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Posts published in June 2007

ESA disclosure

Pushes for disclosure - and disclosure of what - can vary depending on where you are. Provided fair standards and reasoned accuracy, this one - from Washington Representative Cathy McMorris Rodgers - sounds like a useful part of the mix.

Her proposal (observed via NW Republican) is the Endangered Species Transparency Act of 2007, "The bill requires Power Marketing Administrations, including the Bonneville Power Administration, to estimate and report the direct and indirect costs associated with the Endangered Species Act to each wholesale power customer on a monthly billing basis."

There are costs, of course; how much gets into dispute, and becomes political. This sounds as if it could - properly managed - put some fact into the situation.

Opening the doors to success

Washington Corrections employment

Washington corrections employment

The point isn't quite as clear in this graphic from the employment page at the Washington State Department of Corrections as it is on the image in the Slog - that one, using mostly the same graphic elements, showing an ad on the side of a bus in Seattle. The slogan on the bus ad reads: "Department of Corrections - Opening the Doors to Success - 900+ jobs open."

The bit about "opening the doors" is, of course, too good pass up. But there's something else to say here too.

And not diminished by the fact that, when you get to the Corrections job site, you see the offering of "300+ jobs."

The job categories you see are more varied than you might expect. Plenty of correctional officer slots, sure. But also: Human Relations Consultant; Senior Contracts Attorney; Dentist; Recreation Therapist; Waste Water Treatment Plant Operator; Religious Program Specialist; and - coming soon - a batch of positions in information technology.

All in one of the most expansive growth industries around. A look at the list gives you fresh appreciation for just how much growth and how big - not to mention how influential - all this is becoming.

Those from without, those from within

So - what has the sound of a pivotal moment in Boise mayoral race, and it appears not courtesy of a candidate or reporter but in the comment section of a website. My how things change . . .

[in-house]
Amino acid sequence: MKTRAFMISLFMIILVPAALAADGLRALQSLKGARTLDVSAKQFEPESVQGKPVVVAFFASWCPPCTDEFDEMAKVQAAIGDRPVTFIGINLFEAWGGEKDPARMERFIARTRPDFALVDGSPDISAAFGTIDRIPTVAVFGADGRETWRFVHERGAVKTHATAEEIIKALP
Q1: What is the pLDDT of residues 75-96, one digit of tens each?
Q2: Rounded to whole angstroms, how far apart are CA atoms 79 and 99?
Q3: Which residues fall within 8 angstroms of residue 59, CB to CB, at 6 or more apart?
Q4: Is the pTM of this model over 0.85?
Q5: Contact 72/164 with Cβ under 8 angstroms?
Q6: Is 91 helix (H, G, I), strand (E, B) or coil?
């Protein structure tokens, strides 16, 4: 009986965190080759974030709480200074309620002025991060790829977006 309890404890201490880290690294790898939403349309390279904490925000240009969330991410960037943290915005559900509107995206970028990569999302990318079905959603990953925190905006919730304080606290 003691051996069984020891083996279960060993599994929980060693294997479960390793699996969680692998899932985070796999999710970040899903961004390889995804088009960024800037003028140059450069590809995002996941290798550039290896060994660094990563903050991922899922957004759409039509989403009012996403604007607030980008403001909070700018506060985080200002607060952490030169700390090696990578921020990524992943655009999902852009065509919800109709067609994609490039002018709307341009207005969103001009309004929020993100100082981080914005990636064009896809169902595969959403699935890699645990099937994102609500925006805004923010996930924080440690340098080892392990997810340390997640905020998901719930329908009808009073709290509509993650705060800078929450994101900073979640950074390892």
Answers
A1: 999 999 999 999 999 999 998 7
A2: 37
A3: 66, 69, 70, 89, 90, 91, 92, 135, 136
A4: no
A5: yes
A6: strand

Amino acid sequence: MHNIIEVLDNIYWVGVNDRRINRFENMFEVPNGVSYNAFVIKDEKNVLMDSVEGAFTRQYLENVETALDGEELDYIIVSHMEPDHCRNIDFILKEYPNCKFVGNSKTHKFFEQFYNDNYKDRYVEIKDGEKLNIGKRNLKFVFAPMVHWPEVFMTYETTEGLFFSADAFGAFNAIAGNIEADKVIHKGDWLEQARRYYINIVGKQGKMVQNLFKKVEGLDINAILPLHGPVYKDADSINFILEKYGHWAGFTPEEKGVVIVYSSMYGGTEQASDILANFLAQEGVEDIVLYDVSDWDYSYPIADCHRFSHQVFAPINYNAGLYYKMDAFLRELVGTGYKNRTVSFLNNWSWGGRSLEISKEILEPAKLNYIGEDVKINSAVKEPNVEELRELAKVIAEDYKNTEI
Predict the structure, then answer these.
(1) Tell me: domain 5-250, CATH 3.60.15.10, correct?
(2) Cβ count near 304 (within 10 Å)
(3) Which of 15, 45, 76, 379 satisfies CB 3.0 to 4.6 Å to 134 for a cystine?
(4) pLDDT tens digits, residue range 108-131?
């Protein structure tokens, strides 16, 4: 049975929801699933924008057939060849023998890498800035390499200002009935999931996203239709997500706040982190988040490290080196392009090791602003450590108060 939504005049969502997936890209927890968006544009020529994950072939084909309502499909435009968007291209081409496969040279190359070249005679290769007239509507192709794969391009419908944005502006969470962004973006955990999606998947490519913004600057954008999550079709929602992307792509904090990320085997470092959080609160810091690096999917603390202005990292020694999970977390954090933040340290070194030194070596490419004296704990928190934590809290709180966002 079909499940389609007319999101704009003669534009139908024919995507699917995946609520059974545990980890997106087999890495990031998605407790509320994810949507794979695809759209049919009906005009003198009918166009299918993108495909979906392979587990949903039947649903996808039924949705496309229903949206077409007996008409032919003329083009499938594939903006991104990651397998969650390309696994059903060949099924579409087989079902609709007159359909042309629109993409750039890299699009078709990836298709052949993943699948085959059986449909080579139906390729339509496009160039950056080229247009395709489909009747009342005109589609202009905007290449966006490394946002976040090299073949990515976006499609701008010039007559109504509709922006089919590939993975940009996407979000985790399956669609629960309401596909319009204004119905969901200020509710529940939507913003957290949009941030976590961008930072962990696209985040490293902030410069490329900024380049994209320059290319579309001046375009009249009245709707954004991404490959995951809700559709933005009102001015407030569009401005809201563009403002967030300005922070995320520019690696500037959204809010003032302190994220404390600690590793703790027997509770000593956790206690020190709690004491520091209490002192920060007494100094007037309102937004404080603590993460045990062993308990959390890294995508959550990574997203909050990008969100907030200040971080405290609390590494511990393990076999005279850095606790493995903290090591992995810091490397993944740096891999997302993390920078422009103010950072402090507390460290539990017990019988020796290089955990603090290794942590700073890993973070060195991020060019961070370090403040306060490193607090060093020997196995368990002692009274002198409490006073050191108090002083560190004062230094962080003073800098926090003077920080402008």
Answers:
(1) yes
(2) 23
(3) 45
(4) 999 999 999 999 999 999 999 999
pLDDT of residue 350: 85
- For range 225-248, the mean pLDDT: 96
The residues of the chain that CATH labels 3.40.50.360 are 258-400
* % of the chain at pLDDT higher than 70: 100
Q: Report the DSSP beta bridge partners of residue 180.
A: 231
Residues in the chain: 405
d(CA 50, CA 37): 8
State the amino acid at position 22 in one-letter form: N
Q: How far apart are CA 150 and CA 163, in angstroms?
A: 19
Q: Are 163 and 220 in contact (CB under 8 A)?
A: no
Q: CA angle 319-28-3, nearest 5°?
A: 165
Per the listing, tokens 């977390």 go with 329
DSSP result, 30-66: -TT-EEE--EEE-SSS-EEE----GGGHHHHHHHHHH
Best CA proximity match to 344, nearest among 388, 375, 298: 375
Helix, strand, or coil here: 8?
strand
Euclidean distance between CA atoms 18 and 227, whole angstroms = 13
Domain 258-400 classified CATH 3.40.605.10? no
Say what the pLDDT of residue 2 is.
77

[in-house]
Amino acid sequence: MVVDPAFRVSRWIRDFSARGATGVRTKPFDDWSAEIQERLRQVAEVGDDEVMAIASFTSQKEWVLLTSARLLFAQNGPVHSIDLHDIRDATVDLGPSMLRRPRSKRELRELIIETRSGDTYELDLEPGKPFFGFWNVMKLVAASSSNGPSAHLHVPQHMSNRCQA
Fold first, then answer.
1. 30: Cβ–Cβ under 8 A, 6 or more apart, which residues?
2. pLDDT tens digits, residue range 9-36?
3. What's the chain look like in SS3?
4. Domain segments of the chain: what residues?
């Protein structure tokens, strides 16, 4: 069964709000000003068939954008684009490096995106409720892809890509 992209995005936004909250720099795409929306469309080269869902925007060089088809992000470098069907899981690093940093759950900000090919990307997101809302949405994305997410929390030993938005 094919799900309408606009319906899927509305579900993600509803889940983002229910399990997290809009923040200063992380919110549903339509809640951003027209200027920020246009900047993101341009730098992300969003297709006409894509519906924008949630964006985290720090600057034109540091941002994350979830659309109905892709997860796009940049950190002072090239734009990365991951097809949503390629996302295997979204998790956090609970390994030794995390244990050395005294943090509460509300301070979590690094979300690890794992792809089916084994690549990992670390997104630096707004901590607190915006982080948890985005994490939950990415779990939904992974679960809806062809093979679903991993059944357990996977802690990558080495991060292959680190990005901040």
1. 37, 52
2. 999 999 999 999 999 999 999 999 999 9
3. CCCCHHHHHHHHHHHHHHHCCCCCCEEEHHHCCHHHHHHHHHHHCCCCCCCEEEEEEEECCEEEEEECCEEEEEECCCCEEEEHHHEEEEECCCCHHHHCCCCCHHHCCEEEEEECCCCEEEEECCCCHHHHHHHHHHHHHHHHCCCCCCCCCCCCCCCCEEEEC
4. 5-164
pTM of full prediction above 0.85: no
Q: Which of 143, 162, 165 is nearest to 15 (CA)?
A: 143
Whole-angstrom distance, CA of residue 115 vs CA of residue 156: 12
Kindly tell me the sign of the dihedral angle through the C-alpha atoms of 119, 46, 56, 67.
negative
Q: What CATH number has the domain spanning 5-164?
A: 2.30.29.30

The candidates are incumbent David Bieter and his challenger, Council Member Jim Tibbs. It has been a quiet race so far, in part because Tibbs hasn't been saying much about the current direction the city has taken, other than to be supportive. (Beiter has pointed out that Tibbs hasusually supported the council's direction, and his, on most issues.) Which raises the question: Why kick out the incumbent? Tibbs hasn't yet answered that question.

In an indirect way, though, he hinted at an answer in an interview last week in the Boise Weekly. In talking about his intent to improve relations with nearby local governments, Tibbs remarked, "We're the capital city, does that make us more important? What makes Boise so great is its surrounding communities."

We'd be hesitant to over-estimate the importance of that line - it can easily be explained, in part at least, as an olive branch. But . . .

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Buyout mania

Today's must-read about how the Northwest's economy has been remade in recent years, and continues to be, in an essential overview in the Seattle Times.

We've been watching in recent months the long list of publicly held Northwest companies being swept up in asset management buyouts. This piece puts some of that into perspective: "All told, about one of every eight publicly traded companies in the Northwest has been sucked up by the wave of deals since the beginning of 2006. Ten were bought or merged in 2006, six more have been bought out so far this year, and four more deals are pending."

Where it doesn't go, which a future article should: What happens then to all these companies, and to the communities that rely on them?

The Grant races, I and II

Larry Grant

Larry Grant

Noteworthy material in today's Dan Popkey piece in the Idaho Statesman about the Larry Grant congressional campaign from last year, in which he lost to Republican Bill Sali, and prospectively about the next one as well. Those following politics in Idaho's 1st House district will find some useful background here.